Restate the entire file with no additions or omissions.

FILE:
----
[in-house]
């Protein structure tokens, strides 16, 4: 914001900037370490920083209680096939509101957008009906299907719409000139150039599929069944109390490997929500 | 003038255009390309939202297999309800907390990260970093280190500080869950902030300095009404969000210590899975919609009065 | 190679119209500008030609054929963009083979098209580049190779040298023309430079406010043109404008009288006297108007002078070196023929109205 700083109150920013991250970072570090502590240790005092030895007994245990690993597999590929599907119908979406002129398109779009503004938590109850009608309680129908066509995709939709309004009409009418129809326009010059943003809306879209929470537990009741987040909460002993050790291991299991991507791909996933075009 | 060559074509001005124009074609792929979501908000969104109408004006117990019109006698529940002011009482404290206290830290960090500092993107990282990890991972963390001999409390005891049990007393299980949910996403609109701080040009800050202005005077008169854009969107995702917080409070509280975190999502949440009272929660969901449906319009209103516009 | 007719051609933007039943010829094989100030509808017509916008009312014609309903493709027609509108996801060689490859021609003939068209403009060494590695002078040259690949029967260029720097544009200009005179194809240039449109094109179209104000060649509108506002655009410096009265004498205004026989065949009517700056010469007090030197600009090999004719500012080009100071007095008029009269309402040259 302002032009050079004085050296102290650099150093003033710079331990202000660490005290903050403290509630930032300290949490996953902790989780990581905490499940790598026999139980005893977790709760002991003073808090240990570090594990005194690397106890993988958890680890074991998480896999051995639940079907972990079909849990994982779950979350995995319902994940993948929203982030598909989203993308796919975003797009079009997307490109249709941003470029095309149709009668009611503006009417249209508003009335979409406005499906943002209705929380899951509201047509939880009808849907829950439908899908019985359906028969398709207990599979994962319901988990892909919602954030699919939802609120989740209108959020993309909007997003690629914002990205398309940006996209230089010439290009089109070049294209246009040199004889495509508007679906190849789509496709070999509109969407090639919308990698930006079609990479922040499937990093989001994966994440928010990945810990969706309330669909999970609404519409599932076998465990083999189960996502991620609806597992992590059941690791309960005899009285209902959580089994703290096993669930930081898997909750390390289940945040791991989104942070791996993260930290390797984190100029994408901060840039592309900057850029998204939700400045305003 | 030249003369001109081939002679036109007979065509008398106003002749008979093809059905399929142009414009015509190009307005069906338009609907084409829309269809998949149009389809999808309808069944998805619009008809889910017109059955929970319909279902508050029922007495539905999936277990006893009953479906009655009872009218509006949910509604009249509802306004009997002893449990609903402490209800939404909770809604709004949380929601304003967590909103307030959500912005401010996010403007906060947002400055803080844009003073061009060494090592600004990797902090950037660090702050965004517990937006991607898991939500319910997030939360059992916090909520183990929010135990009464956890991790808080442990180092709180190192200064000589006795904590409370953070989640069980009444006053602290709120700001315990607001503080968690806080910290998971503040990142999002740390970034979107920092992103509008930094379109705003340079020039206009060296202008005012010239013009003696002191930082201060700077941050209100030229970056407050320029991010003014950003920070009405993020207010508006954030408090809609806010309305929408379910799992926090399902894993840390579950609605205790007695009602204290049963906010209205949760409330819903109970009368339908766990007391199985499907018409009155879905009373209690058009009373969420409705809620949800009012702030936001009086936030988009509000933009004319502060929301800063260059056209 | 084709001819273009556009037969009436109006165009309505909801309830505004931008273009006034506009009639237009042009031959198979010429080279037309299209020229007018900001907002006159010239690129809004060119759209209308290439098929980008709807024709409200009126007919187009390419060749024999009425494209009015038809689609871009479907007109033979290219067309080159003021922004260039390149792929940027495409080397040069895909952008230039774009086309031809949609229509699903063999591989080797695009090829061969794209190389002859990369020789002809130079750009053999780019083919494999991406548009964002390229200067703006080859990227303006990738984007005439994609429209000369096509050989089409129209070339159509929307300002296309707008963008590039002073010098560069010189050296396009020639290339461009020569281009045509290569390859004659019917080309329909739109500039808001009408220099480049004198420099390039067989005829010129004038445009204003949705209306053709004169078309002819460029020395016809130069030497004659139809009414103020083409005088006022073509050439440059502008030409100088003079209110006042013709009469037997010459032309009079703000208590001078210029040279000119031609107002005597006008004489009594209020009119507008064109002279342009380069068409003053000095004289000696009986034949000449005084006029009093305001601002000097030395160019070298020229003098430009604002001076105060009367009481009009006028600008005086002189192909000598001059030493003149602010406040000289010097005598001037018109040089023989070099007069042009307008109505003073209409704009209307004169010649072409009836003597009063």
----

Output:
[in-house]
């Protein structure tokens, strides 16, 4: 914001900037370490920083209680096939509101957008009906299907719409000139150039599929069944109390490997929500 | 003038255009390309939202297999309800907390990260970093280190500080869950902030300095009404969000210590899975919609009065 | 190679119209500008030609054929963009083979098209580049190779040298023309430079406010043109404008009288006297108007002078070196023929109205 700083109150920013991250970072570090502590240790005092030895007994245990690993597999590929599907119908979406002129398109779009503004938590109850009608309680129908066509995709939709309004009409009418129809326009010059943003809306879209929470537990009741987040909460002993050790291991299991991507791909996933075009 | 060559074509001005124009074609792929979501908000969104109408004006117990019109006698529940002011009482404290206290830290960090500092993107990282990890991972963390001999409390005891049990007393299980949910996403609109701080040009800050202005005077008169854009969107995702917080409070509280975190999502949440009272929660969901449906319009209103516009 | 007719051609933007039943010829094989100030509808017509916008009312014609309903493709027609509108996801060689490859021609003939068209403009060494590695002078040259690949029967260029720097544009200009005179194809240039449109094109179209104000060649509108506002655009410096009265004498205004026989065949009517700056010469007090030197600009090999004719500012080009100071007095008029009269309402040259 302002032009050079004085050296102290650099150093003033710079331990202000660490005290903050403290509630930032300290949490996953902790989780990581905490499940790598026999139980005893977790709760002991003073808090240990570090594990005194690397106890993988958890680890074991998480896999051995639940079907972990079909849990994982779950979350995995319902994940993948929203982030598909989203993308796919975003797009079009997307490109249709941003470029095309149709009668009611503006009417249209508003009335979409406005499906943002209705929380899951509201047509939880009808849907829950439908899908019985359906028969398709207990599979994962319901988990892909919602954030699919939802609120989740209108959020993309909007997003690629914002990205398309940006996209230089010439290009089109070049294209246009040199004889495509508007679906190849789509496709070999509109969407090639919308990698930006079609990479922040499937990093989001994966994440928010990945810990969706309330669909999970609404519409599932076998465990083999189960996502991620609806597992992590059941690791309960005899009285209902959580089994703290096993669930930081898997909750390390289940945040791991989104942070791996993260930290390797984190100029994408901060840039592309900057850029998204939700400045305003 | 030249003369001109081939002679036109007979065509008398106003002749008979093809059905399929142009414009015509190009307005069906338009609907084409829309269809998949149009389809999808309808069944998805619009008809889910017109059955929970319909279902508050029922007495539905999936277990006893009953479906009655009872009218509006949910509604009249509802306004009997002893449990609903402490209800939404909770809604709004949380929601304003967590909103307030959500912005401010996010403007906060947002400055803080844009003073061009060494090592600004990797902090950037660090702050965004517990937006991607898991939500319910997030939360059992916090909520183990929010135990009464956890991790808080442990180092709180190192200064000589006795904590409370953070989640069980009444006053602290709120700001315990607001503080968690806080910290998971503040990142999002740390970034979107920092992103509008930094379109705003340079020039206009060296202008005012010239013009003696002191930082201060700077941050209100030229970056407050320029991010003014950003920070009405993020207010508006954030408090809609806010309305929408379910799992926090399902894993840390579950609605205790007695009602204290049963906010209205949760409330819903109970009368339908766990007391199985499907018409009155879905009373209690058009009373969420409705809620949800009012702030936001009086936030988009509000933009004319502060929301800063260059056209 | 084709001819273009556009037969009436109006165009309505909801309830505004931008273009006034506009009639237009042009031959198979010429080279037309299209020229007018900001907002006159010239690129809004060119759209209308290439098929980008709807024709409200009126007919187009390419060749024999009425494209009015038809689609871009479907007109033979290219067309080159003021922004260039390149792929940027495409080397040069895909952008230039774009086309031809949609229509699903063999591989080797695009090829061969794209190389002859990369020789002809130079750009053999780019083919494999991406548009964002390229200067703006080859990227303006990738984007005439994609429209000369096509050989089409129209070339159509929307300002296309707008963008590039002073010098560069010189050296396009020639290339461009020569281009045509290569390859004659019917080309329909739109500039808001009408220099480049004198420099390039067989005829010129004038445009204003949705209306053709004169078309002819460029020395016809130069030497004659139809009414103020083409005088006022073509050439440059502008030409100088003079209110006042013709009469037997010459032309009079703000208590001078210029040279000119031609107002005597006008004489009594209020009119507008064109002279342009380069068409003053000095004289000696009986034949000449005084006029009093305001601002000097030395160019070298020229003098430009604002001076105060009367009481009009006028600008005086002189192909000598001059030493003149602010406040000289010097005598001037018109040089023989070099007069042009307008109505003073209409704009209307004169010649072409009836003597009063």